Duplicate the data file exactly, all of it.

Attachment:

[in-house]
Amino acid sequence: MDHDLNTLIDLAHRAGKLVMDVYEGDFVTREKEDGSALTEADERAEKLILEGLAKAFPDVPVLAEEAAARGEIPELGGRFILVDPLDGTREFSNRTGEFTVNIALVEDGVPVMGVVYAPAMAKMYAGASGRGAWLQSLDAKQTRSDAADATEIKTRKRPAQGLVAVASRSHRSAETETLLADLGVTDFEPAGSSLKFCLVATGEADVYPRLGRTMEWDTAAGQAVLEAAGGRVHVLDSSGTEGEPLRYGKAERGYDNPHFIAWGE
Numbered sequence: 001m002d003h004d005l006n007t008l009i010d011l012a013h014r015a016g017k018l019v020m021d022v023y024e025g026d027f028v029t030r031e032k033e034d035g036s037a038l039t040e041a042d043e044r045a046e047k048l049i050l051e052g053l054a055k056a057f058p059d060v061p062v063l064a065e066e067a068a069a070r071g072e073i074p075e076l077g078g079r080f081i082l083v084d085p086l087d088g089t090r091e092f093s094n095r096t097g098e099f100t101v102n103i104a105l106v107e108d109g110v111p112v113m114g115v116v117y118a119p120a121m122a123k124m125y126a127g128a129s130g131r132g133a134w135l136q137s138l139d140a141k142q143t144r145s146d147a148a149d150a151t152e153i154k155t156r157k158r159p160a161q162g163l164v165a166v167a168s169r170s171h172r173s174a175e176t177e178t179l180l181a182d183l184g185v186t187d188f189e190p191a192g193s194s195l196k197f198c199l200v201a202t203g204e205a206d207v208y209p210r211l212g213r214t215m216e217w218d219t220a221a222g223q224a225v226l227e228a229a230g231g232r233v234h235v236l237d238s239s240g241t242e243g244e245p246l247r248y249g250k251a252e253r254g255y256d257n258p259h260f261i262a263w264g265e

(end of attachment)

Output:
[in-house]
Amino acid sequence: MDHDLNTLIDLAHRAGKLVMDVYEGDFVTREKEDGSALTEADERAEKLILEGLAKAFPDVPVLAEEAAARGEIPELGGRFILVDPLDGTREFSNRTGEFTVNIALVEDGVPVMGVVYAPAMAKMYAGASGRGAWLQSLDAKQTRSDAADATEIKTRKRPAQGLVAVASRSHRSAETETLLADLGVTDFEPAGSSLKFCLVATGEADVYPRLGRTMEWDTAAGQAVLEAAGGRVHVLDSSGTEGEPLRYGKAERGYDNPHFIAWGE
Numbered sequence: 001m002d003h004d005l006n007t008l009i010d011l012a013h014r015a016g017k018l019v020m021d022v023y024e025g026d027f028v029t030r031e032k033e034d035g036s037a038l039t040e041a042d043e044r045a046e047k048l049i050l051e052g053l054a055k056a057f058p059d060v061p062v063l064a065e066e067a068a069a070r071g072e073i074p075e076l077g078g079r080f081i082l083v084d085p086l087d088g089t090r091e092f093s094n095r096t097g098e099f100t101v102n103i104a105l106v107e108d109g110v111p112v113m114g115v116v117y118a119p120a121m122a123k124m125y126a127g128a129s130g131r132g133a134w135l136q137s138l139d140a141k142q143t144r145s146d147a148a149d150a151t152e153i154k155t156r157k158r159p160a161q162g163l164v165a166v167a168s169r170s171h172r173s174a175e176t177e178t179l180l181a182d183l184g185v186t187d188f189e190p191a192g193s194s195l196k197f198c199l200v201a202t203g204e205a206d207v208y209p210r211l212g213r214t215m216e217w218d219t220a221a222g223q224a225v226l227e228a229a230g231g232r233v234h235v236l237d238s239s240g241t242e243g244e245p246l247r248y249g250k251a252e253r254g255y256d257n258p259h260f261i262a263w264g265e